Ramzan Kadyrov: If this boy had grown up in Chechnya, he would have turned out okay.

Anyhow, after a crime such as this, it is normal for the police of both nations to question the families of the perp; and this is being done.  In Russia, the FSB is questioning Azimov’s family to make sure none of them are involved, or are secret jihadists.  To this point, Chechen government official Jambulat Umarov pointed out the hypocritical double standards of the French:  For sure they will be detaining for questioning Azimov’s parents in Paris; and yet will criticize the FSB for questioning his close relatives in Chechnya.  Probably will call it repressive Soviet-style police-state blah blah.

And sure enough, according to the French radio, Azimov’s parents have been detained in Paris.  As news comes out, we learn that the French police have been suspicious of this family since 2016.  The whole family apparently held to radical Islamist views.  The apple did not fall far from the tree, to the grief and dismay of the randomly-murdered passerby’s family.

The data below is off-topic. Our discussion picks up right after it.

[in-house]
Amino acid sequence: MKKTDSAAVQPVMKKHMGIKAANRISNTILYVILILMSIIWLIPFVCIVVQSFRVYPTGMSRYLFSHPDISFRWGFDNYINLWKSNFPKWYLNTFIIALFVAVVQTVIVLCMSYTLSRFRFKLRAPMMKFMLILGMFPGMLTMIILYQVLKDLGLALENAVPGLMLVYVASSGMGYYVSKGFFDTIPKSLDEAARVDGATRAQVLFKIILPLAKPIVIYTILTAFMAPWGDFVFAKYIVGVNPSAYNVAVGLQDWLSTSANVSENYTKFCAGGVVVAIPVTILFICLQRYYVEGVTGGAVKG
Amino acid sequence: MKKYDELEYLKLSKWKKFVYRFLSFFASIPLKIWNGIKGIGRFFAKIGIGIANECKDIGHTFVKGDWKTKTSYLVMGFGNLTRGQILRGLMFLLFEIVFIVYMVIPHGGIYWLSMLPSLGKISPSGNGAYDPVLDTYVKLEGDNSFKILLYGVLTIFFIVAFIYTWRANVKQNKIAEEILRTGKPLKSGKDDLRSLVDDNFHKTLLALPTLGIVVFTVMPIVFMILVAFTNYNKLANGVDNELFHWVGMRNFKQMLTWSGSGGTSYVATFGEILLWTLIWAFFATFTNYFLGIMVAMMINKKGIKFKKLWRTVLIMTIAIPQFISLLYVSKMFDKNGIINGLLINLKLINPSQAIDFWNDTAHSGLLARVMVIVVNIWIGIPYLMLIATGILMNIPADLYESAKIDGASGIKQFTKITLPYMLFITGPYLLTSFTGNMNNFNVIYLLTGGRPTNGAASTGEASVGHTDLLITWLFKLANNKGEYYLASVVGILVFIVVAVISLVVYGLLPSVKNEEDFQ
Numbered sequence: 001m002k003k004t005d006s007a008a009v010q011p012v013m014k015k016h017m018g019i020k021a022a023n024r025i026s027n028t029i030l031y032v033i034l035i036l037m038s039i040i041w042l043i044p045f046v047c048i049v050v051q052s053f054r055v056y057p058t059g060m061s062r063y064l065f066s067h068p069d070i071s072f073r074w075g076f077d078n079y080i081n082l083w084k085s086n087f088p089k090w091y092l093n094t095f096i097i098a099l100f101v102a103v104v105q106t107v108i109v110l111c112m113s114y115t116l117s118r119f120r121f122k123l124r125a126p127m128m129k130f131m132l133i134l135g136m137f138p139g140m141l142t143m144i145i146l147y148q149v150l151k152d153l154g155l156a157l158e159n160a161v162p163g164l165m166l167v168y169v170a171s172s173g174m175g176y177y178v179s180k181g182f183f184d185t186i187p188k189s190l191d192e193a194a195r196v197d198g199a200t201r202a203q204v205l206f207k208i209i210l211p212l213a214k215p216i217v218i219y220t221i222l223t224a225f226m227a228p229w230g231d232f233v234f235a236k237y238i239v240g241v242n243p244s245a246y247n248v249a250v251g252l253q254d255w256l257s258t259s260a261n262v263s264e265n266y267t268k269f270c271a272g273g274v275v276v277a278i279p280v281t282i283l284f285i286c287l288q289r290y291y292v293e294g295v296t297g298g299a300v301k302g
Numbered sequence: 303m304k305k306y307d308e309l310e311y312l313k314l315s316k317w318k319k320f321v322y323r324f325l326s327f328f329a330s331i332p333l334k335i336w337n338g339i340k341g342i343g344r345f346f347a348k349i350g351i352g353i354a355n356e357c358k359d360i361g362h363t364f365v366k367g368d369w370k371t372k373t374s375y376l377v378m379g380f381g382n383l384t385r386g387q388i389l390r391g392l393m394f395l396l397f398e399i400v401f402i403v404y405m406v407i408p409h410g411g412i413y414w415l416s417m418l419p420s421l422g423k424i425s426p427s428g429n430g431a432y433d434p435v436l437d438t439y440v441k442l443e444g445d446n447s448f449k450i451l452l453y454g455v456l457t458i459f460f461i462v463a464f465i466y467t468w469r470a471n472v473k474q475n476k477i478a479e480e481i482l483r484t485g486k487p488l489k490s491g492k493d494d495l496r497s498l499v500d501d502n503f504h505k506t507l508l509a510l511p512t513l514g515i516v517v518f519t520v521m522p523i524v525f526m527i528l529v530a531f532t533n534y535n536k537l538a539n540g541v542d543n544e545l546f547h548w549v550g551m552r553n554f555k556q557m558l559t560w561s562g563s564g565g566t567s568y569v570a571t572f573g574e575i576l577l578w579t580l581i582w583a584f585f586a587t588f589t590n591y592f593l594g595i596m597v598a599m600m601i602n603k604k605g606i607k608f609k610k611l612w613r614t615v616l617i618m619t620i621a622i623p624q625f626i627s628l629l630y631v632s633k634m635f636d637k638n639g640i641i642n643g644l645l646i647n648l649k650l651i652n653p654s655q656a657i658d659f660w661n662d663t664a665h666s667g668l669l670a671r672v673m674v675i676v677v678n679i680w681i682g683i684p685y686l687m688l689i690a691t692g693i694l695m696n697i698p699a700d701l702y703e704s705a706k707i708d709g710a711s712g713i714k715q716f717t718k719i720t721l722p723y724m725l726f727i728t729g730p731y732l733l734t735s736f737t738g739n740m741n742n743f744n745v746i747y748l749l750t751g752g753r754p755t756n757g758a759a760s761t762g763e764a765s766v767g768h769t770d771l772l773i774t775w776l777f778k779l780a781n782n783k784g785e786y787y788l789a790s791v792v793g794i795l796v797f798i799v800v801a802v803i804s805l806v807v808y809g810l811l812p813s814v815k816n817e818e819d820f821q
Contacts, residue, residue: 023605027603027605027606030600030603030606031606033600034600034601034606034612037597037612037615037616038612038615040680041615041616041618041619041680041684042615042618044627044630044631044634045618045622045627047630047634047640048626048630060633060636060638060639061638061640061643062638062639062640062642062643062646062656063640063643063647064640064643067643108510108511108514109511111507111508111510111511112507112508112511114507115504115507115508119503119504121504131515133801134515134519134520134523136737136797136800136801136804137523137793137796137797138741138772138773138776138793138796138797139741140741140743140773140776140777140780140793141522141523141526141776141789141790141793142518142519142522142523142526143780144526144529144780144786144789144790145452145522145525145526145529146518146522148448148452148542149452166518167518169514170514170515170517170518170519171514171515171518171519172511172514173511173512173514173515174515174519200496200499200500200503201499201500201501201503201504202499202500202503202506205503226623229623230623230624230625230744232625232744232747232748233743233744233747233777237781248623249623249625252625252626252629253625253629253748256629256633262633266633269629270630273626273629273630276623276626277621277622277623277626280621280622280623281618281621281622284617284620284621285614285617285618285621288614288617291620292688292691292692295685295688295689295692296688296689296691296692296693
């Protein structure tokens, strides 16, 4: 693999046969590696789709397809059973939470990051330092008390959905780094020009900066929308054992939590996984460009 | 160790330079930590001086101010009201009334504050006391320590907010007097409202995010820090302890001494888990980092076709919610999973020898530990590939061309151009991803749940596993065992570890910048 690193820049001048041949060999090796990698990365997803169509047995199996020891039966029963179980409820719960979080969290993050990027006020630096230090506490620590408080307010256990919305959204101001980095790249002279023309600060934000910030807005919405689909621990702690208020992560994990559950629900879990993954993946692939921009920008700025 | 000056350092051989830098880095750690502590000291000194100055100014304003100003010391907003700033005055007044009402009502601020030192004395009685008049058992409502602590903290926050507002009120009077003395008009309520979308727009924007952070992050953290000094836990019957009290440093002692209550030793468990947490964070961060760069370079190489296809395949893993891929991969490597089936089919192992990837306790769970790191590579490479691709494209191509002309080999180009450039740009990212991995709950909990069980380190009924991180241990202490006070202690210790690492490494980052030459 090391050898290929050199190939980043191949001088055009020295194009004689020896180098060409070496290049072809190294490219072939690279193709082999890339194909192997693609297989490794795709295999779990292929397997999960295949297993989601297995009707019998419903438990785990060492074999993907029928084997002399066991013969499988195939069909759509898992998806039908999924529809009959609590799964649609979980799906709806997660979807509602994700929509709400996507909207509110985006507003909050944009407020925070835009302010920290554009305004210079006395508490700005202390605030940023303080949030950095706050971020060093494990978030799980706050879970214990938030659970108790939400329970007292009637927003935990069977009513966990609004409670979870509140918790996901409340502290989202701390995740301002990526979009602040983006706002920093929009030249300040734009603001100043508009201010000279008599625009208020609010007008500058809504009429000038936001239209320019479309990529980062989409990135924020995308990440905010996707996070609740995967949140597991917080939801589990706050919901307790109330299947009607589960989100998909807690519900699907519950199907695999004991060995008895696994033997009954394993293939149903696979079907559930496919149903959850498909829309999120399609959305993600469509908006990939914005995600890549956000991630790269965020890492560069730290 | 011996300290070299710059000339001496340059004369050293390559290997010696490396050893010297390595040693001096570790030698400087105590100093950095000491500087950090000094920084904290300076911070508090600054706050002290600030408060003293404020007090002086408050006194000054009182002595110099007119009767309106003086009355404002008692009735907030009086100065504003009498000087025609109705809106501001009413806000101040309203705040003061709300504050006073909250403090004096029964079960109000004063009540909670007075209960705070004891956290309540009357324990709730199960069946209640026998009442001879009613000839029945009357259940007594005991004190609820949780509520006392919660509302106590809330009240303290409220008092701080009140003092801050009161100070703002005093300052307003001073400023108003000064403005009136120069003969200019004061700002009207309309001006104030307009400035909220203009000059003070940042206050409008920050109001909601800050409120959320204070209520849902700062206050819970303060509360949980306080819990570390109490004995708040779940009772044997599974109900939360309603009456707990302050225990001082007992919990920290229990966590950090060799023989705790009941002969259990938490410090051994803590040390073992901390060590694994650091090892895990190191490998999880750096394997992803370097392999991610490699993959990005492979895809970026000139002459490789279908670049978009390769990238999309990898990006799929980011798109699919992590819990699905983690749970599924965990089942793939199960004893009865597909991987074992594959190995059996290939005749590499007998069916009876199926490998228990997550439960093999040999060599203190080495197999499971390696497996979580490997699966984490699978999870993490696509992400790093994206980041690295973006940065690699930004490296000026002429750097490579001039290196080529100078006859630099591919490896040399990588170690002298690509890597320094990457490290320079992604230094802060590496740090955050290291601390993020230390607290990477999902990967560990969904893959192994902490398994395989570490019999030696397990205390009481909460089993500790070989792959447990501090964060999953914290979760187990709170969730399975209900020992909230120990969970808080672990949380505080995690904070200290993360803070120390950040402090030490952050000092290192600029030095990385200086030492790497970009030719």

The rest of this piece, which was written by reporter Viktoria Fedotova, goes on to give a chronology of Islamist terrorist attacks against France, and the various theories and old debates as to what breeds terrorists (e.g., ghetto-ization, etc.).  But rightfully rejects such theories as it is pretty clear to all now what is the root cause of terrorism:  The Salafist ideology itself, which promotes extreme violence, and even random violence, as an end in itself.

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Russia: No More Mr. Nice Guy In Syria – Part III

Dear Readers: